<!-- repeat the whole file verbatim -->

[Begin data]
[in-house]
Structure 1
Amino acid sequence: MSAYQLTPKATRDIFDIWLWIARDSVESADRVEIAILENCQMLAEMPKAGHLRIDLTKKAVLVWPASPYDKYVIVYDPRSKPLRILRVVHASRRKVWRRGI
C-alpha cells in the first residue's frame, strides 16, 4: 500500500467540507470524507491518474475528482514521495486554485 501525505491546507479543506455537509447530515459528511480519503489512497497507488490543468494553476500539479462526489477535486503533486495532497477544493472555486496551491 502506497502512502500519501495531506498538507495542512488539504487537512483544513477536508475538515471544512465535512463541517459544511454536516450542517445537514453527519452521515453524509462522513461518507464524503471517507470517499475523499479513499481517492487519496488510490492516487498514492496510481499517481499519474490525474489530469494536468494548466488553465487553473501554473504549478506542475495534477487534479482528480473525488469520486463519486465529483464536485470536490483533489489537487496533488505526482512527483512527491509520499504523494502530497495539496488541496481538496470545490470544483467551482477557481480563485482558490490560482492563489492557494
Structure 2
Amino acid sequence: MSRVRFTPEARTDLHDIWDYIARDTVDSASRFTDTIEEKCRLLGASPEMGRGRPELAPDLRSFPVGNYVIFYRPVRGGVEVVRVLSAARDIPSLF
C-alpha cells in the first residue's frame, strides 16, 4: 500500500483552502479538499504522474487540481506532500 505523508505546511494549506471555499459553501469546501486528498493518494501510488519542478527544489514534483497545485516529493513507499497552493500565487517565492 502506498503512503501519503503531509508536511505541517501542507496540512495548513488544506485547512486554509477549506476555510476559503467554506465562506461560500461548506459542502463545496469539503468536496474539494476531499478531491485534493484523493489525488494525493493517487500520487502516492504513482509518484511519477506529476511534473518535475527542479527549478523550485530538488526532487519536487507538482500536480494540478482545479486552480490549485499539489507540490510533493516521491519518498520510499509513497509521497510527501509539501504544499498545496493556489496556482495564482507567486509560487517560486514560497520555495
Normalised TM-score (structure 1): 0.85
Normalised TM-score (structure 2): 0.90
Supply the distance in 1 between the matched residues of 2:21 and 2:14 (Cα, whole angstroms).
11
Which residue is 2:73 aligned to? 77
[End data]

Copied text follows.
[in-house]
Structure 1
Amino acid sequence: MSAYQLTPKATRDIFDIWLWIARDSVESADRVEIAILENCQMLAEMPKAGHLRIDLTKKAVLVWPASPYDKYVIVYDPRSKPLRILRVVHASRRKVWRRGI
C-alpha cells in the first residue's frame, strides 16, 4: 500500500467540507470524507491518474475528482514521495486554485 501525505491546507479543506455537509447530515459528511480519503489512497497507488490543468494553476500539479462526489477535486503533486495532497477544493472555486496551491 502506497502512502500519501495531506498538507495542512488539504487537512483544513477536508475538515471544512465535512463541517459544511454536516450542517445537514453527519452521515453524509462522513461518507464524503471517507470517499475523499479513499481517492487519496488510490492516487498514492496510481499517481499519474490525474489530469494536468494548466488553465487553473501554473504549478506542475495534477487534479482528480473525488469520486463519486465529483464536485470536490483533489489537487496533488505526482512527483512527491509520499504523494502530497495539496488541496481538496470545490470544483467551482477557481480563485482558490490560482492563489492557494
Structure 2
Amino acid sequence: MSRVRFTPEARTDLHDIWDYIARDTVDSASRFTDTIEEKCRLLGASPEMGRGRPELAPDLRSFPVGNYVIFYRPVRGGVEVVRVLSAARDIPSLF
C-alpha cells in the first residue's frame, strides 16, 4: 500500500483552502479538499504522474487540481506532500 505523508505546511494549506471555499459553501469546501486528498493518494501510488519542478527544489514534483497545485516529493513507499497552493500565487517565492 502506498503512503501519503503531509508536511505541517501542507496540512495548513488544506485547512486554509477549506476555510476559503467554506465562506461560500461548506459542502463545496469539503468536496474539494476531499478531491485534493484523493489525488494525493493517487500520487502516492504513482509518484511519477506529476511534473518535475527542479527549478523550485530538488526532487519536487507538482500536480494540478482545479486552480490549485499539489507540490510533493516521491519518498520510499509513497509521497510527501509539501504544499498545496493556489496556482495564482507567486509560487517560486514560497520555495
Normalised TM-score (structure 1): 0.85
Normalised TM-score (structure 2): 0.90
Supply the distance in 1 between the matched residues of 2:21 and 2:14 (Cα, whole angstroms).
11
Which residue is 2:73 aligned to? 77